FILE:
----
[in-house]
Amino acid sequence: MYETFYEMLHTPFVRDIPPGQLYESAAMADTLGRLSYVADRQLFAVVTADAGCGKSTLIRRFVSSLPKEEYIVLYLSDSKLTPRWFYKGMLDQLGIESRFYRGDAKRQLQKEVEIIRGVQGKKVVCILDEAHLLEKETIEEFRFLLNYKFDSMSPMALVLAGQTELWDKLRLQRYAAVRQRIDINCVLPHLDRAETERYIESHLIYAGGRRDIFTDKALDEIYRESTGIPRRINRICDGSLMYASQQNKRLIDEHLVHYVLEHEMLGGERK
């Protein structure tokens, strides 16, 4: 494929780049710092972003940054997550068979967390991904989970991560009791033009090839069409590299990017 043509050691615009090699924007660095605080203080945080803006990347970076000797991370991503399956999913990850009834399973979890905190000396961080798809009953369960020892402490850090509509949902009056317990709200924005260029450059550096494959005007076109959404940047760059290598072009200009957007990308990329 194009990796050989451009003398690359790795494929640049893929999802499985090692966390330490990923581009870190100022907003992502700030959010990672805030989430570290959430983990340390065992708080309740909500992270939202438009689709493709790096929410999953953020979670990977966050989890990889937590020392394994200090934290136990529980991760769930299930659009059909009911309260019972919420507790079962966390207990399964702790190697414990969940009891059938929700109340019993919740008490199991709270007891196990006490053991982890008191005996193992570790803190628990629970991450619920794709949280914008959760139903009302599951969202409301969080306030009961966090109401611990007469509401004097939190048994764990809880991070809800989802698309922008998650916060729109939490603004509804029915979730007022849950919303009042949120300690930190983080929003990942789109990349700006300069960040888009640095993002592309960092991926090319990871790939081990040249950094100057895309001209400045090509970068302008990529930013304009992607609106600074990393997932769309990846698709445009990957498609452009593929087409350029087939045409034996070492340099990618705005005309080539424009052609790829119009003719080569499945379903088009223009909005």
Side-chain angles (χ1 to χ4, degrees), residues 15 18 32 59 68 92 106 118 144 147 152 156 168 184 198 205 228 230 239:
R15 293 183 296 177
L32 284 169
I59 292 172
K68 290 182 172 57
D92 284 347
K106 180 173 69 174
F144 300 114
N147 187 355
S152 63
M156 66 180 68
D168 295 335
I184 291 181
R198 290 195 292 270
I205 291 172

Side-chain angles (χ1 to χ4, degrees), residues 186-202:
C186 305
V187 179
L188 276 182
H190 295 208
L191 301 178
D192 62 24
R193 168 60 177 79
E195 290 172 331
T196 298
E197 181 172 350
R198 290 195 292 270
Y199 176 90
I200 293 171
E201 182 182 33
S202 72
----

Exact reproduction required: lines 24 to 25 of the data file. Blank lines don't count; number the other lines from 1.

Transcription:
L191 301 178
D192 62 24